The Moon: A Visual Appreciation As We Approach the 45th Anniversary of Neil Armstrong’s Historic Small Step
In this post, I’m going to attempt to tie together the recent rising of a “supermoon,” the first Moon landing, the painter Mark Rothko, and photographic technique. I hope you’ll bear with me, keep reading, and click on all the images…
As I was flying home from San Francisco last Saturday, the hazy, twilight view out the window was suddenly pierced by a bright light emerging from the cloud tops.
It was the full Moon rising, and it seemed a bit brighter than normal. So I pulled out my Sony RX100 camera, put the lens right up against the window and started shooting.
The image above is an interpretation of what I saw. For the original, click on the thumbnail at right. I’ll get to how I processed the image in a minute. But first, more about that moon.
It was indeed brighter — about 30 percent so. It was also about 15 percent bigger (although that wasn’t really noticeable from the plane). What I saw was, in fact, a rising “supermoon.”
This happens because the Moon’s orbit around us inscribes an ellipse, and one side, perigee, is about 31,000 miles closer than the other, apogee. And when the full Moon just happens to coincide with the Moon’s closest approach, we get a supermoon — more scientifically known as a perigee moon. We’ll get to experience it two more times this summer: on August 10th and September 9th.
In the meantime, there’s another reason to appreciate the moon right now: We’re approaching the 45th anniversary of Neil Armstrong’s historic “one small step for a man, one giant leap for mankind.”
Sunday, July 20th will mark 45 years since the first humans set foot on the Moon. Armstrong was the first one down the ladder of the Lunar Excursion Module, or LEM, the craft that brought them down to the lunar surface. As the whole world watched, he uttered those now immortal words — captured in this video of the moment. He was followed by crew mate Edwin “Buzz” Aldrin. A third crew mate, Michael Collins, orbited overhead in the Command Module, the spacecraft that would return them all safely to Earth.
You can see the LEM in the upper left of the photograph above, along with Neil Armstrong’s shadow at lower left. He took the photo while standing next to Little West Crater, to the right. This was an unplanned excursion of about 50 meters. As NASA describes it, Armstrong “ran over to get a look inside the crater, and this was the farthest either astronaut ventured from the landing site.”
I was just 13 years old when the LEM touched down on July 29th, 1969 — with just 25 or so seconds of fuel remaining. All these years later, I can remember the event with great clarity, helped, probably, by the images that Armstrong, Aldrin and Collins beamed back to Earth. So I guess I have a special appreciation for the moon.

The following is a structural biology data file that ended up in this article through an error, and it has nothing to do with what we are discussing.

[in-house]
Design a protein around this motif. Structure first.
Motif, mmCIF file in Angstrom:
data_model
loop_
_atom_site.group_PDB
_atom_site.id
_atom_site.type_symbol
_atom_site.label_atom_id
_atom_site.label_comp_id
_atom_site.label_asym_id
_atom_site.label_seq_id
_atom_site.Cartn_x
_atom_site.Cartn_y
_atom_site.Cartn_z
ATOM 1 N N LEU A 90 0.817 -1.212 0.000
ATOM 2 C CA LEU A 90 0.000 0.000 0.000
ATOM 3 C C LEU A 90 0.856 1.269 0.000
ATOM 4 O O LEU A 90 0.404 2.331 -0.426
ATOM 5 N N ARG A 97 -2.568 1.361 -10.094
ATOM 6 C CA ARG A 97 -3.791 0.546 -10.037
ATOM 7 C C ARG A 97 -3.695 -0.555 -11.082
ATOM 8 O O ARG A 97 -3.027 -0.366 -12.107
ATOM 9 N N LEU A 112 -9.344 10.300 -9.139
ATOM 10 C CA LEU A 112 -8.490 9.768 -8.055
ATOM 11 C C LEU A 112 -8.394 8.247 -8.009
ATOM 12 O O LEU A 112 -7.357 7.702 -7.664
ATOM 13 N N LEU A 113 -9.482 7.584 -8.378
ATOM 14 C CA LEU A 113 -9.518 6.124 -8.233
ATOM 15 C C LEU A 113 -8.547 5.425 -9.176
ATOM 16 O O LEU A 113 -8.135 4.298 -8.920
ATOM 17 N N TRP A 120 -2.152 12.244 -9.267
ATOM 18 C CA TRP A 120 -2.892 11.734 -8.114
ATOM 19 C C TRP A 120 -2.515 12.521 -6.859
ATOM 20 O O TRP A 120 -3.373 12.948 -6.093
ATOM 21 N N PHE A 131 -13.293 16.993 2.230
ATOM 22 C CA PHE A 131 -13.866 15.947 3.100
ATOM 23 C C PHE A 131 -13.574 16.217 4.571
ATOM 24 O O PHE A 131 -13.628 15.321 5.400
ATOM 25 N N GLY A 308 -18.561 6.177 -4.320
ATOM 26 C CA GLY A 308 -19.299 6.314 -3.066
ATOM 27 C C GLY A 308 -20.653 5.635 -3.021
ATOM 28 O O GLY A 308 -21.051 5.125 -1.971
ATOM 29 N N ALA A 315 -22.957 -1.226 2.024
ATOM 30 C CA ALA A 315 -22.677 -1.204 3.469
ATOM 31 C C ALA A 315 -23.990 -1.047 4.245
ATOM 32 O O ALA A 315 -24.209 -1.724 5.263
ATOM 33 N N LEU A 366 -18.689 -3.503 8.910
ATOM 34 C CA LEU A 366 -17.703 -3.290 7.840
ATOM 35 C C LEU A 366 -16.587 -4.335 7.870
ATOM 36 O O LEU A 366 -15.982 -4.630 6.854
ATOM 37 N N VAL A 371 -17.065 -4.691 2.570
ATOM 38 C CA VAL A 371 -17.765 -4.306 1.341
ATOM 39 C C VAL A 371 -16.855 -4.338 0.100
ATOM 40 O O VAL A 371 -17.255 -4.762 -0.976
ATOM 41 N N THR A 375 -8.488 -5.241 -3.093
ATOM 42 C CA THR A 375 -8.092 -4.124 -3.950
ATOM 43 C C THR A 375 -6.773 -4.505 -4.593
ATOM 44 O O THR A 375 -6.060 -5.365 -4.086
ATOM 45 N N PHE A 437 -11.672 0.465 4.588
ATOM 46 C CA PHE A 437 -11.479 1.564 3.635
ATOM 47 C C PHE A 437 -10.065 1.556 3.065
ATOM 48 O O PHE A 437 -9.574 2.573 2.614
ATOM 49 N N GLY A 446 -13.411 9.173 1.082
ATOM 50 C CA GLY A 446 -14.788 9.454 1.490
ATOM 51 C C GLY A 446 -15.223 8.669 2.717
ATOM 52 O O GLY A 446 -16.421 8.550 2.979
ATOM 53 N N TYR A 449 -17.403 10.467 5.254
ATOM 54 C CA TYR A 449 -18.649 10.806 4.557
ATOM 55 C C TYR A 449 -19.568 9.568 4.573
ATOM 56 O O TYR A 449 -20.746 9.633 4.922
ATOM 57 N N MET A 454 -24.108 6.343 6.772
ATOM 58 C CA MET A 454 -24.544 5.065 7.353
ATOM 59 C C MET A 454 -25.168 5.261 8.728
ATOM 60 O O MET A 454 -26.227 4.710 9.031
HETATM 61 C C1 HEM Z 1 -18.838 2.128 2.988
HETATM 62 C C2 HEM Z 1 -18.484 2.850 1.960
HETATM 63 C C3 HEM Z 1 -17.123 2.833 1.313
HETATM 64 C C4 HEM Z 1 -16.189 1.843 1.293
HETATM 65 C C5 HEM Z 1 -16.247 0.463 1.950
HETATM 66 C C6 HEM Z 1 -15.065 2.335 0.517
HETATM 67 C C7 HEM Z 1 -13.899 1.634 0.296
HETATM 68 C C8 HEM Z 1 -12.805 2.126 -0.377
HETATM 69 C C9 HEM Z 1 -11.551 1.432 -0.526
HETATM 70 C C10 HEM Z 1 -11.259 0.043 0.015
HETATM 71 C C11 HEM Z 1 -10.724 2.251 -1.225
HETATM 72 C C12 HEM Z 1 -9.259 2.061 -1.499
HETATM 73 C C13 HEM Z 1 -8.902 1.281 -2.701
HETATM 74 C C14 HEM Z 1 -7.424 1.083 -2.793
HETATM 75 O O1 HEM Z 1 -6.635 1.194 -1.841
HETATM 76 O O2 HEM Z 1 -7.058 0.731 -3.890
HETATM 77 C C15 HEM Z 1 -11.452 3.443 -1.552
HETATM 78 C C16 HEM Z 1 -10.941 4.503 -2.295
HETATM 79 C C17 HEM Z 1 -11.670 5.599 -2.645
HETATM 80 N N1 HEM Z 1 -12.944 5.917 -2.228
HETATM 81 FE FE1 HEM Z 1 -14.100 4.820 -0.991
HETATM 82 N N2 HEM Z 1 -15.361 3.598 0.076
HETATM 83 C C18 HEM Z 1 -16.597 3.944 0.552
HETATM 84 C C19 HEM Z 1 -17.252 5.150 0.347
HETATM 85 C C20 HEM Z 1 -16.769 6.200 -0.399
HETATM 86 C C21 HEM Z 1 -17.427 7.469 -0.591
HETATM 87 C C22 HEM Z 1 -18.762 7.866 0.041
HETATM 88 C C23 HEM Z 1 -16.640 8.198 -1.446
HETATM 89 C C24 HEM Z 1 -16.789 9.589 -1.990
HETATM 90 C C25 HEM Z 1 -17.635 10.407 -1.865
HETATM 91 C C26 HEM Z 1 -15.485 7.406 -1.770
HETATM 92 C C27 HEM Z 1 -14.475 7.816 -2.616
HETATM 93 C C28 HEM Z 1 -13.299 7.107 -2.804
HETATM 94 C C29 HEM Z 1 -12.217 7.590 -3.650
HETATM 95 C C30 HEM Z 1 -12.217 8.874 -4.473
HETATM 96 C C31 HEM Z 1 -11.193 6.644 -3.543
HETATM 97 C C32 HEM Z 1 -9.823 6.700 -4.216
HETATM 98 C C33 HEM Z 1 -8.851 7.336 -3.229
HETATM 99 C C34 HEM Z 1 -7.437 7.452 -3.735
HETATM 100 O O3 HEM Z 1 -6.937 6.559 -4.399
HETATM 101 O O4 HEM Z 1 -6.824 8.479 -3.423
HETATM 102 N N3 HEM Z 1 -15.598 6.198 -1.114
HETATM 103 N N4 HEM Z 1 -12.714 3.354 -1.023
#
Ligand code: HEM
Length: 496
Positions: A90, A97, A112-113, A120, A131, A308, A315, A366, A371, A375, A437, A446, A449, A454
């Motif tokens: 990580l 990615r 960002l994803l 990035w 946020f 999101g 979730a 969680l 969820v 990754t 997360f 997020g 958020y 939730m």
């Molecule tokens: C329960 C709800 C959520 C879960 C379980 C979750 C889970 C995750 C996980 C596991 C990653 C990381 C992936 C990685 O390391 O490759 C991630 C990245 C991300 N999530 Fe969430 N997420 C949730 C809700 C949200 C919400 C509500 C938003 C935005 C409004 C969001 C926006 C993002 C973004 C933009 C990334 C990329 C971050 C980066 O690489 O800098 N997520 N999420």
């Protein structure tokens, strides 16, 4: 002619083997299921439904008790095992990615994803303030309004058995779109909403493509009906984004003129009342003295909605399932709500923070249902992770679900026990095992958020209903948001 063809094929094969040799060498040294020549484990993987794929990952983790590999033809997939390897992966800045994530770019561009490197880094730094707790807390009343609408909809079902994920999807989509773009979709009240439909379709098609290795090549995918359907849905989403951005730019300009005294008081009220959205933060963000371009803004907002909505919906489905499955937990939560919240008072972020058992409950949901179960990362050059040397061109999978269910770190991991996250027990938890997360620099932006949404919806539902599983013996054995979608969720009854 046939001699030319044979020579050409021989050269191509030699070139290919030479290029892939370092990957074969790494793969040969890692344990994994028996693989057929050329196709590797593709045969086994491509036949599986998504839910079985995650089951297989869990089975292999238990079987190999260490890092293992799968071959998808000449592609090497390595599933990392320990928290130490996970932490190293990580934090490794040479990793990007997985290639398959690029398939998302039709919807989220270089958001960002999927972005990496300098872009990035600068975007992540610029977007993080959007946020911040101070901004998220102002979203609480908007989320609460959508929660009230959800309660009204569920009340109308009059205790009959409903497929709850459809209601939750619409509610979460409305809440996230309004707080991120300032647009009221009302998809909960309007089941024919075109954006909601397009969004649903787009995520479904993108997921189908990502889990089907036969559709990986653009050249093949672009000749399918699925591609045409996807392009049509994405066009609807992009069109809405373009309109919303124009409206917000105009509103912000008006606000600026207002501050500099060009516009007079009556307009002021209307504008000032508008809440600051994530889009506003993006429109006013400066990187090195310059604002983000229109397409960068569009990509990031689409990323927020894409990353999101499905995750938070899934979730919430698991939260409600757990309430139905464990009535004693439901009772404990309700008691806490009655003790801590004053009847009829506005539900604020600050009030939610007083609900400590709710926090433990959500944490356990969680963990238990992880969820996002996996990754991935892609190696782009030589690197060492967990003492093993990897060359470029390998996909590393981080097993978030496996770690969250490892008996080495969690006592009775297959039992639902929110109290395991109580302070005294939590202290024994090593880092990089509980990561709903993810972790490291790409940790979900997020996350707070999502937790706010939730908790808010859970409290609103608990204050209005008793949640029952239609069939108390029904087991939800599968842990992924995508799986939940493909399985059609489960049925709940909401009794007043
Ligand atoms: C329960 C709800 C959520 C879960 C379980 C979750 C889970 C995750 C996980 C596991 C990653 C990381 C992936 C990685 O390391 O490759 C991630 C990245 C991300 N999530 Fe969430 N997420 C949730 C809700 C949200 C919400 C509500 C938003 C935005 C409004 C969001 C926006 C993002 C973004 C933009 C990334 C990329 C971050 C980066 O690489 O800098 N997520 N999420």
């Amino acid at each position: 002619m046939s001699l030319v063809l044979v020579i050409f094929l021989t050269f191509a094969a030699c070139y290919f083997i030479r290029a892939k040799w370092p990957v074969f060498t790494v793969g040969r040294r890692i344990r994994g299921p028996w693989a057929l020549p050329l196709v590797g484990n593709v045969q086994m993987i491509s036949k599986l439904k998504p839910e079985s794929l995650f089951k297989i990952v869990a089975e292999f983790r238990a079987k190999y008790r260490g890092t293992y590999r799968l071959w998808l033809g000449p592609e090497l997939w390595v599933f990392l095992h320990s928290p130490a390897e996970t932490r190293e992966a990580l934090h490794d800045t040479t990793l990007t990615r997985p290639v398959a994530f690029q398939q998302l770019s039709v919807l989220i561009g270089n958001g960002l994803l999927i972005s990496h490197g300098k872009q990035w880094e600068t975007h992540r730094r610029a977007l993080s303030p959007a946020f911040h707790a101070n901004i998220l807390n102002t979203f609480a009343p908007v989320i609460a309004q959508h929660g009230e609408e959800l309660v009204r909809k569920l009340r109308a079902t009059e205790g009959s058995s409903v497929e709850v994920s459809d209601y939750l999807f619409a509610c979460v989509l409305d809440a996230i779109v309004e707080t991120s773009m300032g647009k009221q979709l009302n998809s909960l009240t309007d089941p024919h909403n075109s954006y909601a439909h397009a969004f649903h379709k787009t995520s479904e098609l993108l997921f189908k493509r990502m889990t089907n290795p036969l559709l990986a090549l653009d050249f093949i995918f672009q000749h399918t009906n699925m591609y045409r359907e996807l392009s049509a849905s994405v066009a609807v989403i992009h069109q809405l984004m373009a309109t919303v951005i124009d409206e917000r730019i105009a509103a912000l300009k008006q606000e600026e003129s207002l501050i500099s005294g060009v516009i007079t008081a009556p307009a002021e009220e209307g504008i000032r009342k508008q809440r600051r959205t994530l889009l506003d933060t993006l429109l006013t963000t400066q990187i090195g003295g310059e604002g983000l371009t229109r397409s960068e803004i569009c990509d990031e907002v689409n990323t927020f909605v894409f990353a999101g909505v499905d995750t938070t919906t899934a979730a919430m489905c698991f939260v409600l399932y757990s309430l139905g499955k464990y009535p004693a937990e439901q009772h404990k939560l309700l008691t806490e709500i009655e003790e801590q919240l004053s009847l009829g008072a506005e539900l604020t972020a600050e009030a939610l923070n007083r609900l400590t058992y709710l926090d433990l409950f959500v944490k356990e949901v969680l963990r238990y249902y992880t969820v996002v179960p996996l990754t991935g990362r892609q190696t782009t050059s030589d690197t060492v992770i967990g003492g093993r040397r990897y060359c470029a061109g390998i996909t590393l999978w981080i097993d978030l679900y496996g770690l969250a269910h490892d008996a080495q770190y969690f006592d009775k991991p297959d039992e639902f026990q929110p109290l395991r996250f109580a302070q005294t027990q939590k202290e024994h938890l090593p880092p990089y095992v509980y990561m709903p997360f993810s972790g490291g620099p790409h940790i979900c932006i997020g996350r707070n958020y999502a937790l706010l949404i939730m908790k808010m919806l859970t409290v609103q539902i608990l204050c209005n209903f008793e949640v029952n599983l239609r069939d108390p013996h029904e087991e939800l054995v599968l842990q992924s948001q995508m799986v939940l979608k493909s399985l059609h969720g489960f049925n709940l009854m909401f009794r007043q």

Which brings me full circle to the photo at the top of the post. Looking out the plane window, I was really struck by the intensity of the moonlight. It was quite spectacular. But the haze, the darkness, and shooting through a less-than pristine window, meant that what my camera captured did not do the scene justice. So I decided to use that lemon to make some lemonade. Here’s what I did, and why:
I was struck by one thing other than the Moon itself: the pale yellowish band of sunset glow at the top. Something about it reminded me vaguely of a Mark Rothko painting I had seen a few days earlier at the Asian Art Museum in San Francisco:
Rothko is one of my favorite painters (if not, perhaps, of the two women above). And it’s not uncommon for me to see patterns of layering and color in nature that remind me of his work. In this case, it was certainly a bit of a stretch. And it took a bit of a stretch in processing to bring out what I saw in my mind’s eye.
First, I downloaded the original image onto my iPad and used an awesome application called Snapseed to do some initial processing. I cropped the image to draw attention to the Moon and the yellowish band at the top. Next, I used a Snapseed setting that creates an HDR effect. HDR stands for “high dynamic range,” and with it I could bring out a much greater range of tonal detail than was visible in the original image.
Next, I exported the photo and brought it onto my laptop where I used Apple’s Aperture application to do additional processing. I launced a plug-in called DXO Filmpack, and used it to simulate the look of Kodak Elite Chrome 400 — a transparency film. This punched up the saturation, warmed the colors, and added quite a bit grain (which had the beneficial effect of obscuring some smudging created by the dirty airplane window). With some extra tweaks, including a little extra contrast and some definition to bring out the grain effect even more, I was done.
I hope you like it.